The Moon in conjunction with Venus and Jupiter, with the Very Large Telescope in the foreground. Image © Y. Beletsky, ESO, 2009.

Close approach of the Moon and Uranus

Dominic Ford, Editor
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The sky at

The Moon and Uranus will make a close approach, passing within a mere 41.8 arcminutes of each other. From some parts of the world, the Moon will pass in front of Uranus, creating a lunar occultation. The Moon will be 14 days old.

From Fairfield , the pair will be visible between 18:34 and 04:39. They will become accessible at around 18:34, when they rise to an altitude of 21° above your eastern horizon. They will reach their highest point in the sky at 23:36, 65° above your southern horizon. They will become inaccessible at around 04:39 when they sink below 21° above your western horizon.

Begin typing the name of a town near to you, and then select the town from the list of options which appear below.

The Moon will be at mag -12.6; and Uranus will be at mag 5.7. Both objects will lie in the constellation Aries.

They will be a little too widely separated to fit comfortably within the field of view of a telescope, but will be visible through a pair of binoculars.

A graph of the angular separation between the Moon and Uranus around the time of closest approach is available here.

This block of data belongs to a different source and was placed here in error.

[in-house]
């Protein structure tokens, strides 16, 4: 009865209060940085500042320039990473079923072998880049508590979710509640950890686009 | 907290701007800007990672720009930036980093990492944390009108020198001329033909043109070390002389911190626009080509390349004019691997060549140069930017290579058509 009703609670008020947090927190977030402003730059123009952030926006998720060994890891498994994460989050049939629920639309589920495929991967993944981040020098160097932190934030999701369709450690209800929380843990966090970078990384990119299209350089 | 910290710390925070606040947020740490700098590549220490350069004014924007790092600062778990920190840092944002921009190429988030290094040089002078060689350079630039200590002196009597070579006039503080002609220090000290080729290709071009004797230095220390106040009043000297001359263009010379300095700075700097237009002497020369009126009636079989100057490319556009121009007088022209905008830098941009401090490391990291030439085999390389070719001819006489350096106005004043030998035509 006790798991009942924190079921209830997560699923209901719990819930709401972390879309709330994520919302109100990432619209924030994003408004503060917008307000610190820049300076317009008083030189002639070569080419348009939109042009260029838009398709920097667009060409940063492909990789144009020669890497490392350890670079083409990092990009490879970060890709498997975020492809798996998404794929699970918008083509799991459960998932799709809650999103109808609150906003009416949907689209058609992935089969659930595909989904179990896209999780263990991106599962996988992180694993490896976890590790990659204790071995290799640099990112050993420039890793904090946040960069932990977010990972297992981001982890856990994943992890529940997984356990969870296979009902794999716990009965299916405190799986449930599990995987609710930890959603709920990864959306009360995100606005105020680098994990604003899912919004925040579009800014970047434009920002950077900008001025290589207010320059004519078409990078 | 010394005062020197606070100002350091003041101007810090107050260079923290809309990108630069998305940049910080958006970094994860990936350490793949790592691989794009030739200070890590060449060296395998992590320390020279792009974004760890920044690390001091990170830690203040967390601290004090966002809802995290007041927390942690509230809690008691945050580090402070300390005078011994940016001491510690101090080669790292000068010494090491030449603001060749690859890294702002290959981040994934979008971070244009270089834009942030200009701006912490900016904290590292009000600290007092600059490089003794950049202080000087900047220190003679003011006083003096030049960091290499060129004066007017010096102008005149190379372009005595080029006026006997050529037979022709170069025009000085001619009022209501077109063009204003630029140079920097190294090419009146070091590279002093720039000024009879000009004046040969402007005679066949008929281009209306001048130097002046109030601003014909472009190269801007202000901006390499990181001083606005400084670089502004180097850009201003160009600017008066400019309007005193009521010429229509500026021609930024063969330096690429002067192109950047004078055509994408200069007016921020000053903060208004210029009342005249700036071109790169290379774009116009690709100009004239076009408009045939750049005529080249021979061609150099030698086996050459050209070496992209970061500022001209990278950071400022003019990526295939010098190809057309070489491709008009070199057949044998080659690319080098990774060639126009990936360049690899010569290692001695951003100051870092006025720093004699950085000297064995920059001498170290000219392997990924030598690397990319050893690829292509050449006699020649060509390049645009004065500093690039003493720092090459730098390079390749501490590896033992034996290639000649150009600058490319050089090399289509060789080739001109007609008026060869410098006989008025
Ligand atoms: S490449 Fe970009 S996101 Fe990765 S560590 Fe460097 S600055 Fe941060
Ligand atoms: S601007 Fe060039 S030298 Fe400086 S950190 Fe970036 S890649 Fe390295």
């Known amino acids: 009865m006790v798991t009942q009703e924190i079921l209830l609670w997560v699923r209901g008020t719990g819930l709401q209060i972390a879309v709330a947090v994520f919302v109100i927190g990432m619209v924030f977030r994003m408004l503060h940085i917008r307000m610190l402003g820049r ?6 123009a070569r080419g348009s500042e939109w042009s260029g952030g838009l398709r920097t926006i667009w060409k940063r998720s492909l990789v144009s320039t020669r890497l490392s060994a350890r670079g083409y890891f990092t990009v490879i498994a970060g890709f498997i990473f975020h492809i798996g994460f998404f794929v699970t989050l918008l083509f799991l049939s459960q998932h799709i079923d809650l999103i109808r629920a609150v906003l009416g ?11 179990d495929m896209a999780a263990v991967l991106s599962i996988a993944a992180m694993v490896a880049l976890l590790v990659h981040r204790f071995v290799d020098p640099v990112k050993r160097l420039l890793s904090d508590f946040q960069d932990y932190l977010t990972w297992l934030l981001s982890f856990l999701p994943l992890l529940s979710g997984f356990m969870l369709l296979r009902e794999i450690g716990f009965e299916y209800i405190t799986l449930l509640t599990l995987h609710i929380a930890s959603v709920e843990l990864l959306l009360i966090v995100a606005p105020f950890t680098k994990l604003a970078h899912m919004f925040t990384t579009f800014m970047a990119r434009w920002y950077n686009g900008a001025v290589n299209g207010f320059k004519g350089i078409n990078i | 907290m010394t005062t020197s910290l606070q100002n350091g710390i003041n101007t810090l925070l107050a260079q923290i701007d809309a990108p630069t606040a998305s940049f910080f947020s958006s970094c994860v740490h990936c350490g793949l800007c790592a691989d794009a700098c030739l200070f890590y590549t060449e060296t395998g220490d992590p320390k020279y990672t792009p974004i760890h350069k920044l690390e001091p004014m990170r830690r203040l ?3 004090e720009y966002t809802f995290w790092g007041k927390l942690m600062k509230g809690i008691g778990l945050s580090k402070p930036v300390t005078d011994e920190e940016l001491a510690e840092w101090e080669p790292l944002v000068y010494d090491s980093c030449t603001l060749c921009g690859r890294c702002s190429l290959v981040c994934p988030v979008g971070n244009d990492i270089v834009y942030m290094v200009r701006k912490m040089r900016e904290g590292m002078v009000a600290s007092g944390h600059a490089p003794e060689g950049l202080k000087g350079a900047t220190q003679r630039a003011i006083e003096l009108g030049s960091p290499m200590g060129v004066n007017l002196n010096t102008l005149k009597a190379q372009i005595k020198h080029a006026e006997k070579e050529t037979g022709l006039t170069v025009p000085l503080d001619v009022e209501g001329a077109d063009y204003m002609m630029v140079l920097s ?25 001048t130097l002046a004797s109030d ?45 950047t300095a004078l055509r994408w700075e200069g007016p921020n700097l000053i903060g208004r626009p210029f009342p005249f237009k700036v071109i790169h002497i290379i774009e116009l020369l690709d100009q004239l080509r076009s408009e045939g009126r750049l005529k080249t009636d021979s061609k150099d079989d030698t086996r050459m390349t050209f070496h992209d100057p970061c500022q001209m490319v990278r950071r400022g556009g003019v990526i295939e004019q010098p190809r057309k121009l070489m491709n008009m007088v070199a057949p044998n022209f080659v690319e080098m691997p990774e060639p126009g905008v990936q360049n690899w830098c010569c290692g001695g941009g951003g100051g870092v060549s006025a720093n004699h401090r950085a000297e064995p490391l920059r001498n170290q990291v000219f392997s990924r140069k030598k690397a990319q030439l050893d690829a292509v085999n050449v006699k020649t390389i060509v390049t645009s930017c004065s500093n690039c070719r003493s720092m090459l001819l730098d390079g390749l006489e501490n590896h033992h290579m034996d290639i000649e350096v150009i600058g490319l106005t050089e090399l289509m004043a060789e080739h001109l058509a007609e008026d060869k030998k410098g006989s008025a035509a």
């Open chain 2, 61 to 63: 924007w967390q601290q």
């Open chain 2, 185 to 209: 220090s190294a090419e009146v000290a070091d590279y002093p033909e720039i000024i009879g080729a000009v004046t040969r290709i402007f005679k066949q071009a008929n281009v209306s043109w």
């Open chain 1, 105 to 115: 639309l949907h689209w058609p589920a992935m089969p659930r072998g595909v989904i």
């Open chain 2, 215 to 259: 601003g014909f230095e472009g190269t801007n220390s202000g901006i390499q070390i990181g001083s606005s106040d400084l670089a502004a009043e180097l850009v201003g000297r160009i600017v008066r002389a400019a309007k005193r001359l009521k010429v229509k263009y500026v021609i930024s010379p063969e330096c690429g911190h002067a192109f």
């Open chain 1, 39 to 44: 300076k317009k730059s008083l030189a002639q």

The positions of the pair at the moment of closest approach will be as follows:

Object Right Ascension Declination Constellation Magnitude Angular Size
The Moon 02h56m00s 17°05'N Aries -12.6 30'33"1
Uranus 02h57m00s 16°26'N Aries 5.7 3"7

The coordinates above are given in J2000.0. The pair will be at an angular separation of 179° from the Sun, which is in Libra at this time of year.

The sky on 8 Nov 2022

The sky on 8 November 2022
Twilight ends
Twilight begins

14-day old moon
Waning Gibbous


14 days old

Rise Culm. Set
Mercury 06:32 11:35 16:38
Venus 06:53 11:53 16:53
Moon 16:18 --:-- 06:37
Mars 18:43 02:19 09:56
Jupiter 14:41 20:38 02:35
Saturn 13:02 18:06 23:09
All times shown in EST.


The circumstances of this event were computed using the DE430 planetary ephemeris published by the Jet Propulsion Laboratory (JPL).

This event was automatically generated by searching the ephemeris for planetary alignments which are of interest to amateur astronomers, and the text above was generated based on an estimate of your location.

Related news

24 Aug 2022  –  Uranus enters retrograde motion
09 Nov 2022  –  Uranus at opposition
22 Jan 2023  –  Uranus ends retrograde motion
28 Aug 2023  –  Uranus enters retrograde motion

Image credit

The Moon in conjunction with Venus and Jupiter, with the Very Large Telescope in the foreground. Image © Y. Beletsky, ESO, 2009.





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